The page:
Buying a house or buying a car is, for most people, a major cost. In both instances, we pay far more than most of our European peers.
This gap last year led to ever more used cars being imported from the UK and a continuing decline in new car sales in Ireland.
Motor dealers, who have warned of job losses, must look with envy at the banks operating in Ireland as, in general, they do not face imported competition in the mortgage market.
Because of the difficulties faced by an Irish person trying to source a mortgage in another EU country new mortgage holders can expect to pay at least €80,000 more than their European counterparts on a €300,000 mortgage over 30 years.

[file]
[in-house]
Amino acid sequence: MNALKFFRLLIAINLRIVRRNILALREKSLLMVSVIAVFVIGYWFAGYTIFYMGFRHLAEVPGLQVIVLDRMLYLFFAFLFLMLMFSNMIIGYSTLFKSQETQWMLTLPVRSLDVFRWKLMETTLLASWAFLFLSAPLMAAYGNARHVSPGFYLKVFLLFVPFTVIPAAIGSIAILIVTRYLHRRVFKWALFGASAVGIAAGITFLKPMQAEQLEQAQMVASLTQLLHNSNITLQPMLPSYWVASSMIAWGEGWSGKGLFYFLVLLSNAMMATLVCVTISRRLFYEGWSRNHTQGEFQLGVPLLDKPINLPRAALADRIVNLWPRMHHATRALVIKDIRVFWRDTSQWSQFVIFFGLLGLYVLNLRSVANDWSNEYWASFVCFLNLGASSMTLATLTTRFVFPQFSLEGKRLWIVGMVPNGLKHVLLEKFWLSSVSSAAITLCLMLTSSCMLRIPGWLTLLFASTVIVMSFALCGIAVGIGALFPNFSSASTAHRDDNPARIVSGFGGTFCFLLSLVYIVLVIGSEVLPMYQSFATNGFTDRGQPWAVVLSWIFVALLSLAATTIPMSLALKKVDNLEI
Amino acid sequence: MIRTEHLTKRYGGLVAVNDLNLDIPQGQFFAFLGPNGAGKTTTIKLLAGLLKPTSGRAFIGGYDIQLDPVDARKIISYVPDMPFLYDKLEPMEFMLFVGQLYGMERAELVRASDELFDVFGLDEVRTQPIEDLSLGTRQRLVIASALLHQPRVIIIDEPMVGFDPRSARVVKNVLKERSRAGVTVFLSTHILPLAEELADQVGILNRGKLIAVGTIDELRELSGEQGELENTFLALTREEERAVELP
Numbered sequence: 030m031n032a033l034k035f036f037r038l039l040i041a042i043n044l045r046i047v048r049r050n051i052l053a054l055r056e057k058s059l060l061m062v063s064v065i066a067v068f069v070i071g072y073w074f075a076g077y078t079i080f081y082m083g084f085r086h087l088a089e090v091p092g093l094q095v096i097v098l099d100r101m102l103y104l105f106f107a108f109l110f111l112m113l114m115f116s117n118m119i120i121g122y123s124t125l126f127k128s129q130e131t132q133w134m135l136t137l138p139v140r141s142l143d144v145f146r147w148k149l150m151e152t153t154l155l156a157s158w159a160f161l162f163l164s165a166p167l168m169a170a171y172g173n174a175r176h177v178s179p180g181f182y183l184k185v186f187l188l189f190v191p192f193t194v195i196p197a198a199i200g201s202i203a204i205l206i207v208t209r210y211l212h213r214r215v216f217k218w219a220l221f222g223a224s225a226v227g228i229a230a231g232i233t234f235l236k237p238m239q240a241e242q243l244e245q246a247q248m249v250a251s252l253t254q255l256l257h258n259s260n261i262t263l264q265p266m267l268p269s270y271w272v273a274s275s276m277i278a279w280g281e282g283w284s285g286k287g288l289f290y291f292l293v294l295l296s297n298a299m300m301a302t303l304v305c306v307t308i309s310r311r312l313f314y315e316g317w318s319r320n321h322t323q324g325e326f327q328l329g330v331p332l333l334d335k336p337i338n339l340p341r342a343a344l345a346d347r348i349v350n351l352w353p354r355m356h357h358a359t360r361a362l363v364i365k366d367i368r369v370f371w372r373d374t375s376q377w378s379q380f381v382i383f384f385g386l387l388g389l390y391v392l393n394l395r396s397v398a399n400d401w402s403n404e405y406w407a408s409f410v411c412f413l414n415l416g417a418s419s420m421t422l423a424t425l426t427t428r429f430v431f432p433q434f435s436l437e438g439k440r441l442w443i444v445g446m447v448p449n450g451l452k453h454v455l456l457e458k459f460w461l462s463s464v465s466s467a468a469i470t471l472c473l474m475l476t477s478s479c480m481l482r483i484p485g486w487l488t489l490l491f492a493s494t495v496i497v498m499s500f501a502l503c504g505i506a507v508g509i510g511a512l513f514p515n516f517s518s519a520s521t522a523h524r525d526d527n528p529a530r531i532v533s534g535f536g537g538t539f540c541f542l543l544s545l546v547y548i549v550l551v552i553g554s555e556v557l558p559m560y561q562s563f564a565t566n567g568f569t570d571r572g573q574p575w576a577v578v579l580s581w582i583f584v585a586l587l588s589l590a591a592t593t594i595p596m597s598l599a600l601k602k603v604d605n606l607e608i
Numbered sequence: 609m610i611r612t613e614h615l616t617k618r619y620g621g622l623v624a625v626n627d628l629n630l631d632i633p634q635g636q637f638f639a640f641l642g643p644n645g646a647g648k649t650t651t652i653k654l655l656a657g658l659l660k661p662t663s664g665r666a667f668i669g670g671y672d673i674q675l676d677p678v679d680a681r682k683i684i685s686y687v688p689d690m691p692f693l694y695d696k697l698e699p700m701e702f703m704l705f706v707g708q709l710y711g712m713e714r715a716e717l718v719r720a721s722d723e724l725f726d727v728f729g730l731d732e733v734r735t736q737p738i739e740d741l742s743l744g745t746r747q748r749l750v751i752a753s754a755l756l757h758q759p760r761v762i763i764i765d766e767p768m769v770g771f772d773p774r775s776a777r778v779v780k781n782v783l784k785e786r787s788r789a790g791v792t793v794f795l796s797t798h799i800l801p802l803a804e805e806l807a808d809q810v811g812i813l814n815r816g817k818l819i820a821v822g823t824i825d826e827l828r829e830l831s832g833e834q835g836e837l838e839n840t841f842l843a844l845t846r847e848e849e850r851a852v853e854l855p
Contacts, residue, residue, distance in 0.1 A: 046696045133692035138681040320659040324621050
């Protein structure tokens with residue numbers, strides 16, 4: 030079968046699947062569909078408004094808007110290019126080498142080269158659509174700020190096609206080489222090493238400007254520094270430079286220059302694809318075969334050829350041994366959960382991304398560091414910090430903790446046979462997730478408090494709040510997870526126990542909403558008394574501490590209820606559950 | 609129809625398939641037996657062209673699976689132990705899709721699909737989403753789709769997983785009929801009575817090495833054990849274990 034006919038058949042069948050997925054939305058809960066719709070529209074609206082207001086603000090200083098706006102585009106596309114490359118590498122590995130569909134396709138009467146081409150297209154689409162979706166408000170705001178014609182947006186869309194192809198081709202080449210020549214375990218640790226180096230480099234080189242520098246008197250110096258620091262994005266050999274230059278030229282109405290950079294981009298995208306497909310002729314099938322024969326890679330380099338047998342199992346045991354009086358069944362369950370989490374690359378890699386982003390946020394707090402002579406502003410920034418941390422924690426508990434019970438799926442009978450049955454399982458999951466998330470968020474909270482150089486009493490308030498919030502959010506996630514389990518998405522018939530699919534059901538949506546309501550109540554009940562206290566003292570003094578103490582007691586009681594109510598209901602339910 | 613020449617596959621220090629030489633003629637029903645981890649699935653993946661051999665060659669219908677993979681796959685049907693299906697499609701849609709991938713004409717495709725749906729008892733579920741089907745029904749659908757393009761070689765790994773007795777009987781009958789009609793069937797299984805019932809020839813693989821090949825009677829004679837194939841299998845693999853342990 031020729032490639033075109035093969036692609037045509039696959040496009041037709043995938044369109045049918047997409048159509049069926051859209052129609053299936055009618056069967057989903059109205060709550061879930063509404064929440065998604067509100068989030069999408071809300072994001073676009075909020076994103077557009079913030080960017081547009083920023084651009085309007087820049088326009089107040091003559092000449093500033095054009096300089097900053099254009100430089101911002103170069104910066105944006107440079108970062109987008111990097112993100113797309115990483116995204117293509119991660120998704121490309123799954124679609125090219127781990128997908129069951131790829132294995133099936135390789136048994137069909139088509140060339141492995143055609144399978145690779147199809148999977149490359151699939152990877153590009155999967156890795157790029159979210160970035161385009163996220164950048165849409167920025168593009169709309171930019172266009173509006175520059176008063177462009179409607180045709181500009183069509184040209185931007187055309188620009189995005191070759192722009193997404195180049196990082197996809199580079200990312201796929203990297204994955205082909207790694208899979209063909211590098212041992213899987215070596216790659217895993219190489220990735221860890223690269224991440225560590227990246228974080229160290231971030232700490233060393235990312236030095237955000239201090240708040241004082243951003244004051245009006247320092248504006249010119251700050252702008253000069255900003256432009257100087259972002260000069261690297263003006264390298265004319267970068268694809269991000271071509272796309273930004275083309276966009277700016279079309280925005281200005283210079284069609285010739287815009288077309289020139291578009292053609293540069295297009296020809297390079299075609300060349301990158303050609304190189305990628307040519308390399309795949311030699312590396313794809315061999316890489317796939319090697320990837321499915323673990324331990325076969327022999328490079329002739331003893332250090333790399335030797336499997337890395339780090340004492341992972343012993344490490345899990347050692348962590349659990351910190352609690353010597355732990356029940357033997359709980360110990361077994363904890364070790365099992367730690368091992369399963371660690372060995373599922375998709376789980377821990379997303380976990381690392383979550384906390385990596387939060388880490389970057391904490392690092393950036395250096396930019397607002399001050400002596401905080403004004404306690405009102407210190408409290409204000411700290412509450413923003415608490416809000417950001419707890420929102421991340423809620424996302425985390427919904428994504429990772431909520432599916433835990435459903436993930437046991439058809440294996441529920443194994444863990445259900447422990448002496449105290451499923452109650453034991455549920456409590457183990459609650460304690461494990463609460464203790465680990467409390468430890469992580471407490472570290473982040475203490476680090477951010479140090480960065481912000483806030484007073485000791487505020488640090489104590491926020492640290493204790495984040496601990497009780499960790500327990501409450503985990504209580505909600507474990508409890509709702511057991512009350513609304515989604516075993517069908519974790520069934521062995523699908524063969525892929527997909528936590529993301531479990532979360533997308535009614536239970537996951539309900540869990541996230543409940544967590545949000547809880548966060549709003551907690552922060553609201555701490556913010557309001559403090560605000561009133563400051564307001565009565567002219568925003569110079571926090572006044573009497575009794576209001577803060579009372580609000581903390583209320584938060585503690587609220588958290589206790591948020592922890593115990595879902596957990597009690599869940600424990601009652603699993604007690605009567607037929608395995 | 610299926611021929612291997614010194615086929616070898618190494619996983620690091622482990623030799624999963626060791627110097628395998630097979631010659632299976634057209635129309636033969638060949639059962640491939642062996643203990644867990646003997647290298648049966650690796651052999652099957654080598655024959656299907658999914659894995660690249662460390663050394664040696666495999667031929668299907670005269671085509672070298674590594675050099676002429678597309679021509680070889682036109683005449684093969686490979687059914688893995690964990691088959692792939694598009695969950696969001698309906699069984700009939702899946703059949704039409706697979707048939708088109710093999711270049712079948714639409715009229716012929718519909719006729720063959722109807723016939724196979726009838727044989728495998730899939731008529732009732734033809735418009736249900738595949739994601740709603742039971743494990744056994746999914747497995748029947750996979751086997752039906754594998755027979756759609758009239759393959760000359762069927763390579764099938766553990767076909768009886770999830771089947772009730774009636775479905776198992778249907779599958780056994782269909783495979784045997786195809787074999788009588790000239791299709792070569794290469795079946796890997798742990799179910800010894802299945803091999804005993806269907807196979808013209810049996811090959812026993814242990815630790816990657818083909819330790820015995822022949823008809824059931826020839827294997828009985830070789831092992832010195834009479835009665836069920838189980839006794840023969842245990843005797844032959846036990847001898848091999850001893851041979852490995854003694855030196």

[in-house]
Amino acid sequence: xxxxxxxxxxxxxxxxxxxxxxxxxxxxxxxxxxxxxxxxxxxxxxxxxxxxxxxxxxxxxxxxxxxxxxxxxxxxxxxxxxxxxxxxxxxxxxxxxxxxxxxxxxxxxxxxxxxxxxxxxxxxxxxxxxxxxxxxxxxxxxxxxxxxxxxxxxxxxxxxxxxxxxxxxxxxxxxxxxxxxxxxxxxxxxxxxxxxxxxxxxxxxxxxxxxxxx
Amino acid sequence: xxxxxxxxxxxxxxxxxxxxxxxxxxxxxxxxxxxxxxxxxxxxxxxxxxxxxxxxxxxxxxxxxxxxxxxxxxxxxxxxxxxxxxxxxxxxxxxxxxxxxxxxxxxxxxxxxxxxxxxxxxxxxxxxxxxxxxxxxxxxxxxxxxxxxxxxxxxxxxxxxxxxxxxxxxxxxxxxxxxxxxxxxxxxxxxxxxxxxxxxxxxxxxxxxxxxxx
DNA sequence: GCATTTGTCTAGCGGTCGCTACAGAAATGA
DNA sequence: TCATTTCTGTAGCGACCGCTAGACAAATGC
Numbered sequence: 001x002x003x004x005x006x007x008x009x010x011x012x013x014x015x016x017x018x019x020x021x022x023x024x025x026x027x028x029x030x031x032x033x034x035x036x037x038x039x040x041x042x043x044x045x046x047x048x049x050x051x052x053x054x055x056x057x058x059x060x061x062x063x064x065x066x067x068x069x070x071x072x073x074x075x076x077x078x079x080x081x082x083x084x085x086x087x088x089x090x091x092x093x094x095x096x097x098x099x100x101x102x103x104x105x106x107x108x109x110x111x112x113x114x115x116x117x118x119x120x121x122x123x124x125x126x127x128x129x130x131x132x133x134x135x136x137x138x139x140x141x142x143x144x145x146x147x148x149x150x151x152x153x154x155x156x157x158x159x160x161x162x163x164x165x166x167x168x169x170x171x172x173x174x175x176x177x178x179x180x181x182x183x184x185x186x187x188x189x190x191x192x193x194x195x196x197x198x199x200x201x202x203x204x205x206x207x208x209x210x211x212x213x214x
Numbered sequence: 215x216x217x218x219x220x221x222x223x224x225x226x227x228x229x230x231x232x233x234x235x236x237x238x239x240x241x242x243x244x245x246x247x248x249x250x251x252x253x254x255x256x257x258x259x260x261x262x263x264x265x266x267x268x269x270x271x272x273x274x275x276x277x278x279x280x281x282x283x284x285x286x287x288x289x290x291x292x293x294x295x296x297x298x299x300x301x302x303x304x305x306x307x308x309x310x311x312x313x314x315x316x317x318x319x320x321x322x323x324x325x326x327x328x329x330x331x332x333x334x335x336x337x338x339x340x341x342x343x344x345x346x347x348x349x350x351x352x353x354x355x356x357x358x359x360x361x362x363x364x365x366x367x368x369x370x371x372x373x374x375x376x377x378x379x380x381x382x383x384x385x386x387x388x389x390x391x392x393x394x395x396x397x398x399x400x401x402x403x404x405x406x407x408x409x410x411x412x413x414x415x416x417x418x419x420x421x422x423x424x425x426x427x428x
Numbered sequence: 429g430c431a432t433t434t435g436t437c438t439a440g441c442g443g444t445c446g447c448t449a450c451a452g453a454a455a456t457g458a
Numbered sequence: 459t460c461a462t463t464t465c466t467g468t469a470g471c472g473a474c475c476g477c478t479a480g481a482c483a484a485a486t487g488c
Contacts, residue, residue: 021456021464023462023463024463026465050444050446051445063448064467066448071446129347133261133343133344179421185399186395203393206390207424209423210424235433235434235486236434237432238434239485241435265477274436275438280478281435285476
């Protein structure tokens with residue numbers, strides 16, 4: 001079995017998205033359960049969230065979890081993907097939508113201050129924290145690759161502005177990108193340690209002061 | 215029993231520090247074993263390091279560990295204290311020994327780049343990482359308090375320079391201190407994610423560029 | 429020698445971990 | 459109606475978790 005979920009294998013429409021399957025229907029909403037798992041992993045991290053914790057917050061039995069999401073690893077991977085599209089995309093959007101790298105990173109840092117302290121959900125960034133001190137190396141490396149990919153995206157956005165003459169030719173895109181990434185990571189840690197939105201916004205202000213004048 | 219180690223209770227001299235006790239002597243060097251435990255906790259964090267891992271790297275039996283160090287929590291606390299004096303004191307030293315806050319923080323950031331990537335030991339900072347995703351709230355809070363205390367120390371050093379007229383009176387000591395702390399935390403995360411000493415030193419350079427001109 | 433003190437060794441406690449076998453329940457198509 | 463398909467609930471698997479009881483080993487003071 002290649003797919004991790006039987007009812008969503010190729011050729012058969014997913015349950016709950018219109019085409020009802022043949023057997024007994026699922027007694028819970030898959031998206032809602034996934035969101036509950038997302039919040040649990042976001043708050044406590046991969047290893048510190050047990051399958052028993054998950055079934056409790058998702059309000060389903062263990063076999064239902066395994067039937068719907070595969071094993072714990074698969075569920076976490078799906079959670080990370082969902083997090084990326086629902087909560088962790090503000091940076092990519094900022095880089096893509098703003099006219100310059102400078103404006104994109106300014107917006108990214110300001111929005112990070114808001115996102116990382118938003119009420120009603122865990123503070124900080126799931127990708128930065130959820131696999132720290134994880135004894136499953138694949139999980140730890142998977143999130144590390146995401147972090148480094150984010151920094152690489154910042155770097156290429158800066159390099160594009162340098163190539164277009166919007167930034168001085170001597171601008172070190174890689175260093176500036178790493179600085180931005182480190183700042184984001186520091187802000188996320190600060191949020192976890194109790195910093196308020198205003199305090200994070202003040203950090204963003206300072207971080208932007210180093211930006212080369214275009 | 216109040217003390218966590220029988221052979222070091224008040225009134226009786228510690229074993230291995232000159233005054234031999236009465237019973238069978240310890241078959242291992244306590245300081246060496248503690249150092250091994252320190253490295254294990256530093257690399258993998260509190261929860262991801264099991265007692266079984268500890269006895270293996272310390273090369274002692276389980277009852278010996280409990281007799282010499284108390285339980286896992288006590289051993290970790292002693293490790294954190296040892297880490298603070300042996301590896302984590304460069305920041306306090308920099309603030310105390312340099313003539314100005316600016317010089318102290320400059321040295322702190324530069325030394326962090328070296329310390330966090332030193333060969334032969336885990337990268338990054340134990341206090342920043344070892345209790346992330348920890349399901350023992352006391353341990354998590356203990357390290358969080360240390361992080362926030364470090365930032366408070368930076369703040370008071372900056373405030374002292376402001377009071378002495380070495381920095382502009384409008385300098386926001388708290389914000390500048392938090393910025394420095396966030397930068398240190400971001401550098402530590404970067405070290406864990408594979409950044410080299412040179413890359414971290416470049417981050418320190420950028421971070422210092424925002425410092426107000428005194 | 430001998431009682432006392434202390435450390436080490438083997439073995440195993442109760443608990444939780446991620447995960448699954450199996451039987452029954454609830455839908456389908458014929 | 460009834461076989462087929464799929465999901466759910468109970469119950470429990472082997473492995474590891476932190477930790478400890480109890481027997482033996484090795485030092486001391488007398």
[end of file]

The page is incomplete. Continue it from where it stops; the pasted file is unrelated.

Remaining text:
Analysis from Brokers Ireland, a lobby group representing 1,250 brokers, found that on a rate of 2.98%, Irish mortgage holders can expect to pay €454,000 back on a €300,000 mortgage while those in the euro area can expect to pay back €374,000.
This shocking difference pertains despite one of the European Union's core principles - the free movement of capital.
This gap has existed for many years. Government has neither confronted Irish banks and forced them to come into line with EU norms or invited European banks to offer mortgages in Ireland.
This, and the light-touch response to the ongoing tracker mortgages scandal suggest that our Government is more worried about upsetting the wretched banks than it is about protecting consumers.